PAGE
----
He has long skinny legs and looks very athletic and young when he leaps up and bounds into the kitchen to make tea for us. He has a maid, but apparently he does all his own cooking because he has a morbid fear of being poisoned. Also boils every drop of water because he has had typhoid three times. Won’t fly in planes. Can’t drive a car. He’s a very sensible person. These phobias don’t fit in with other things I know of him.

He really is dependent on drugs and started at an early age. His mother used to take him, when he was a boy, to a bar in Harlem where the shoeshine boys sold reefers the size of cigars for 25 cents apiece. Smoking pot had no stigma then, he says. Now he cannot write unless he’s stoned. His apartment is thoroughly saturated with the ancient fumes of joints past—almost unpleasantly musty.

A list of odds and ends Bowles said about Morocco yesterday:

1. The Koran is the law of the land. Local police are autonomous and basically write their own justice. Many are sadistic. Beatings are common, as well as hangings of various sorts and mutilations. Described the practice of beating the soles of the feet until they crack open. Twenty years after receiving such a beating, people cannot walk comfortably.

2. Slavery still exists in the Moroccan deep south. Even though it has been officially outlawed there is no one to enforce it so it continues. Slaves, for the most part, like being slaves. They have cushy jobs—usually as guards—and have all their needs attended to. Sounds like Morocco has some really wild, ungoverned areas.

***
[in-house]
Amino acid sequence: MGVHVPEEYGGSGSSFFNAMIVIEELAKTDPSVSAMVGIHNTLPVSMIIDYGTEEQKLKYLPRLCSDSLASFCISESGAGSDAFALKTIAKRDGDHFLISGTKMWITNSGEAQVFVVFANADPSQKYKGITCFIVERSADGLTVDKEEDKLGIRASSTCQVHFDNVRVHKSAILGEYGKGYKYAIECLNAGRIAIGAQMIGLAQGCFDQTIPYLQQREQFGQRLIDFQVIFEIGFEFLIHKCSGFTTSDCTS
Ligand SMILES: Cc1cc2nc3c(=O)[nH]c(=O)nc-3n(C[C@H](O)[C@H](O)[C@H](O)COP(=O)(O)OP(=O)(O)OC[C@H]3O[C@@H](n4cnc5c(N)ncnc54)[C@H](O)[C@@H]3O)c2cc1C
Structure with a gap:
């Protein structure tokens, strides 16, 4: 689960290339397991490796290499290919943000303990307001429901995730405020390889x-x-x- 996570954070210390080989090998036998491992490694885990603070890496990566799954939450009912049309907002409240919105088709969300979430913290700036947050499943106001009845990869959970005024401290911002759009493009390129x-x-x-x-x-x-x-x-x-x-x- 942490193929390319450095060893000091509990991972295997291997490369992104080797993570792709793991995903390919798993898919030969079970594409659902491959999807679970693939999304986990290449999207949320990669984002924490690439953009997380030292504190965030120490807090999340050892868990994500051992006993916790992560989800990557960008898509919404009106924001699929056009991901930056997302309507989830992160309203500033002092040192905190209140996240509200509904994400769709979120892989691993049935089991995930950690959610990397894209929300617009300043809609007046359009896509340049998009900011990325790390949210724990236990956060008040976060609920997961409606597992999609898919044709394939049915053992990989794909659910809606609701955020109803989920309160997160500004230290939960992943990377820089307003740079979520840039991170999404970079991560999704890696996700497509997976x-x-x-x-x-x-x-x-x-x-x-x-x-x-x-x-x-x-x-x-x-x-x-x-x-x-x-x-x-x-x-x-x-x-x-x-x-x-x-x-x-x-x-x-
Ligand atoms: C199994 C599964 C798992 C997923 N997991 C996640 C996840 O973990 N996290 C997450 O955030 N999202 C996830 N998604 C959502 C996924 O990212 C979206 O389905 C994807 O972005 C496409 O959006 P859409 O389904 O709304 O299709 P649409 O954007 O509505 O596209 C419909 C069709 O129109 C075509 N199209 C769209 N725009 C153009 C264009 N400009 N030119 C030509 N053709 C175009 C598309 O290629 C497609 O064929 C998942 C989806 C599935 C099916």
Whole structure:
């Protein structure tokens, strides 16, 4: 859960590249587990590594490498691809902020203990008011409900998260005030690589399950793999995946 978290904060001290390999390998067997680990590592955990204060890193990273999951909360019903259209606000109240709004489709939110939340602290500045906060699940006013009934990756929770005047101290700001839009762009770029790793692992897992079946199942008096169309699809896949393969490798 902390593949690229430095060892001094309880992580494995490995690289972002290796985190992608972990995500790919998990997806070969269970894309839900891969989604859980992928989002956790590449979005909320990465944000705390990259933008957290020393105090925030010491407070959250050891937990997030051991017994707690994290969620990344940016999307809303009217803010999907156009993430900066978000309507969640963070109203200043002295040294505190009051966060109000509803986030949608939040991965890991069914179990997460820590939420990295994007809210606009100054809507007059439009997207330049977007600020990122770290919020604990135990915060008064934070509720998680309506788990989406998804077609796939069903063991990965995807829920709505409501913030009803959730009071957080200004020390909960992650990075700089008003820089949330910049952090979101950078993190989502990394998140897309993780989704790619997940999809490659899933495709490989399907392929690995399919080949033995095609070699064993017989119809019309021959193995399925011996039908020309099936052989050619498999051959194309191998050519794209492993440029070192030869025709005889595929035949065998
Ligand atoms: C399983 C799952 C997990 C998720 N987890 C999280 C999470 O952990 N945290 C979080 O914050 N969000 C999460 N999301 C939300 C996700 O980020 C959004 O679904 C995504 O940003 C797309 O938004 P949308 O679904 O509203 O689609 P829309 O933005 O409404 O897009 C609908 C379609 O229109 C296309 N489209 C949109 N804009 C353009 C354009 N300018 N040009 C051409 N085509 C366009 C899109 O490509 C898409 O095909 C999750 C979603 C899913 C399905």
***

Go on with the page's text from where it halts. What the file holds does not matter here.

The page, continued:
3. Moroccans have no respect for privacy. They cannot fathom why anyone would want to read or write and can only deduce that when someone is engaged in one of these activities he is desperately bored and should, in all kindness, be diverted. [TW, my Islamic history teacher, elaborated on this. He said when he was working on his dissertation he very badly needed time to himself to work on his notes, etc. Whenever his hosts saw him withdrawing to do this, they assumed that their hospitality had been inadequate and that he was bored, so they would go out and bring in he neighbors to keep him entertained.]

Sunday, March 7, 2010

For AB

My 24-year-old roommate at yoga camp was reading Paul Bowles, and since she seemed interested, after I got home I dug up my journal for 1980, when I took a six-week fiction-writing workshop in Tangiers with Bowles. I started transcribing excerpts of that journal for her.

Here’s a description from July 1 of my first class in Morocco: [Bowles] is a tiny frail-looking man who wears darkest-dark sunglasses and seems utterly helpless. He turns 70 this year but looks more fragile than that number of years could account for. Actually he looks a lot like William Boroughs, just a little gentler. But just as dissipated--extremely pale blue eyes when he removes his glasses, looks like he's been stoned forever ... Bowles seemed to expect the class to conduct itself ... Finally, after numerous agonizingly embarrassing silences he said that he was in terrible need of a cigarette. Someone handed him one, which he placed in a cigarette holder. Shortly after lighting it, he dropped an ash into his pocket, which proceeded to ignite his jacket. B [one of my fellow students], who was sitting next to him, noticed it first and started slapping at it. As she said, a dozen thoughts raced through her mind, including: "Oh my god! It's cashmere!," "I'm touching Paul Bowles, my idol!," "He's so fragile," and "I hope I'm not hurting him." Bowles survived the incident but seemed visibly weakened and left shortly thereafter."